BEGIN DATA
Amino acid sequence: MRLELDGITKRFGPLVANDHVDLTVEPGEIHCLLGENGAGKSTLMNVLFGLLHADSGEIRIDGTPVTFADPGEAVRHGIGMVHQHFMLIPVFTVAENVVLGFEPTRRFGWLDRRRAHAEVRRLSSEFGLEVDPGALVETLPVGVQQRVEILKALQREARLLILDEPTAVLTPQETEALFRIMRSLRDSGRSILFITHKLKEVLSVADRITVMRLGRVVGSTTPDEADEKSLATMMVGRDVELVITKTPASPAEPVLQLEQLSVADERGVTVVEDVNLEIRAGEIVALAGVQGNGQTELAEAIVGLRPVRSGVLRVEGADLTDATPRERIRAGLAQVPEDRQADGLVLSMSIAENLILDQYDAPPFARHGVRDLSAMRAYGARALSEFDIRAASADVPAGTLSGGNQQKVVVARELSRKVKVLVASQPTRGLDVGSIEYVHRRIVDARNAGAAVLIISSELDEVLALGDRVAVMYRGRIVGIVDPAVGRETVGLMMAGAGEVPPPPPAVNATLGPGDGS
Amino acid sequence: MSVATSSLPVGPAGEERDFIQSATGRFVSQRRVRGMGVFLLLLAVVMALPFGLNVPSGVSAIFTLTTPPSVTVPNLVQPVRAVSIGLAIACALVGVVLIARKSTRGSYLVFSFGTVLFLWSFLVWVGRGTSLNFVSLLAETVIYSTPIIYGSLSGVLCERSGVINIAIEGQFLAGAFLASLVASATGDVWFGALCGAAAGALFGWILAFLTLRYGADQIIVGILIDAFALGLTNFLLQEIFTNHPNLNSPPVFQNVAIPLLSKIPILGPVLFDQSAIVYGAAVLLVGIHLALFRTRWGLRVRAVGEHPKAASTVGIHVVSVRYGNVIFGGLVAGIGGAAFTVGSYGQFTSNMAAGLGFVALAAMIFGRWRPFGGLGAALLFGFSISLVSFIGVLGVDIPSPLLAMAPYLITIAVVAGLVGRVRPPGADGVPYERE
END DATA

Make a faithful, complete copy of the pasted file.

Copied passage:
Amino acid sequence: MRLELDGITKRFGPLVANDHVDLTVEPGEIHCLLGENGAGKSTLMNVLFGLLHADSGEIRIDGTPVTFADPGEAVRHGIGMVHQHFMLIPVFTVAENVVLGFEPTRRFGWLDRRRAHAEVRRLSSEFGLEVDPGALVETLPVGVQQRVEILKALQREARLLILDEPTAVLTPQETEALFRIMRSLRDSGRSILFITHKLKEVLSVADRITVMRLGRVVGSTTPDEADEKSLATMMVGRDVELVITKTPASPAEPVLQLEQLSVADERGVTVVEDVNLEIRAGEIVALAGVQGNGQTELAEAIVGLRPVRSGVLRVEGADLTDATPRERIRAGLAQVPEDRQADGLVLSMSIAENLILDQYDAPPFARHGVRDLSAMRAYGARALSEFDIRAASADVPAGTLSGGNQQKVVVARELSRKVKVLVASQPTRGLDVGSIEYVHRRIVDARNAGAAVLIISSELDEVLALGDRVAVMYRGRIVGIVDPAVGRETVGLMMAGAGEVPPPPPAVNATLGPGDGS
Amino acid sequence: MSVATSSLPVGPAGEERDFIQSATGRFVSQRRVRGMGVFLLLLAVVMALPFGLNVPSGVSAIFTLTTPPSVTVPNLVQPVRAVSIGLAIACALVGVVLIARKSTRGSYLVFSFGTVLFLWSFLVWVGRGTSLNFVSLLAETVIYSTPIIYGSLSGVLCERSGVINIAIEGQFLAGAFLASLVASATGDVWFGALCGAAAGALFGWILAFLTLRYGADQIIVGILIDAFALGLTNFLLQEIFTNHPNLNSPPVFQNVAIPLLSKIPILGPVLFDQSAIVYGAAVLLVGIHLALFRTRWGLRVRAVGEHPKAASTVGIHVVSVRYGNVIFGGLVAGIGGAAFTVGSYGQFTSNMAAGLGFVALAAMIFGRWRPFGGLGAALLFGFSISLVSFIGVLGVDIPSPLLAMAPYLITIAVVAGLVGRVRPPGADGVPYERE